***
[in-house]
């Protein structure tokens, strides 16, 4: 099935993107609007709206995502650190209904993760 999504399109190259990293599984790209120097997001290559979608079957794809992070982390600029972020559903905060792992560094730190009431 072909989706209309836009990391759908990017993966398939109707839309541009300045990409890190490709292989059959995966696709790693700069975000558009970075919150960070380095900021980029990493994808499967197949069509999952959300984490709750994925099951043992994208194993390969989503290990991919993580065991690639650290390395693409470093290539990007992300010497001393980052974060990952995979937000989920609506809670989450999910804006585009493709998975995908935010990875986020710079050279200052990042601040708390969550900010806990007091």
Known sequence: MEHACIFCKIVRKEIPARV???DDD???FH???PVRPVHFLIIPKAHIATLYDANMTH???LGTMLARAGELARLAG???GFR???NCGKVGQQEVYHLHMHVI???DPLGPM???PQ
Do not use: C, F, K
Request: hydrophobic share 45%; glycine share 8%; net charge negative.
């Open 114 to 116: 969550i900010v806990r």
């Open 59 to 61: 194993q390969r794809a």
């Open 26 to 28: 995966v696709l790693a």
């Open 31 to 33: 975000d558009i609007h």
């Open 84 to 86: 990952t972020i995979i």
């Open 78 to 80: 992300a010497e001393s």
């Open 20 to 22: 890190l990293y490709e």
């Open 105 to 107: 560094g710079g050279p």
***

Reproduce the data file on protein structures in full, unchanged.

[in-house]
């Protein structure tokens, strides 16, 4: 099935993107609007709206995502650190209904993760 999504399109190259990293599984790209120097997001290559979608079957794809992070982390600029972020559903905060792992560094730190009431 072909989706209309836009990391759908990017993966398939109707839309541009300045990409890190490709292989059959995966696709790693700069975000558009970075919150960070380095900021980029990493994808499967197949069509999952959300984490709750994925099951043992994208194993390969989503290990991919993580065991690639650290390395693409470093290539990007992300010497001393980052974060990952995979937000989920609506809670989450999910804006585009493709998975995908935010990875986020710079050279200052990042601040708390969550900010806990007091």
Known sequence: MEHACIFCKIVRKEIPARV???DDD???FH???PVRPVHFLIIPKAHIATLYDANMTH???LGTMLARAGELARLAG???GFR???NCGKVGQQEVYHLHMHVI???DPLGPM???PQ
Do not use: C, F, K
Request: hydrophobic share 45%; glycine share 8%; net charge negative.
């Open 114 to 116: 969550i900010v806990r």
């Open 59 to 61: 194993q390969r794809a």
């Open 26 to 28: 995966v696709l790693a």
């Open 31 to 33: 975000d558009i609007h």
């Open 84 to 86: 990952t972020i995979i």
């Open 78 to 80: 992300a010497e001393s």
């Open 20 to 22: 890190l990293y490709e």
């Open 105 to 107: 560094g710079g050279p």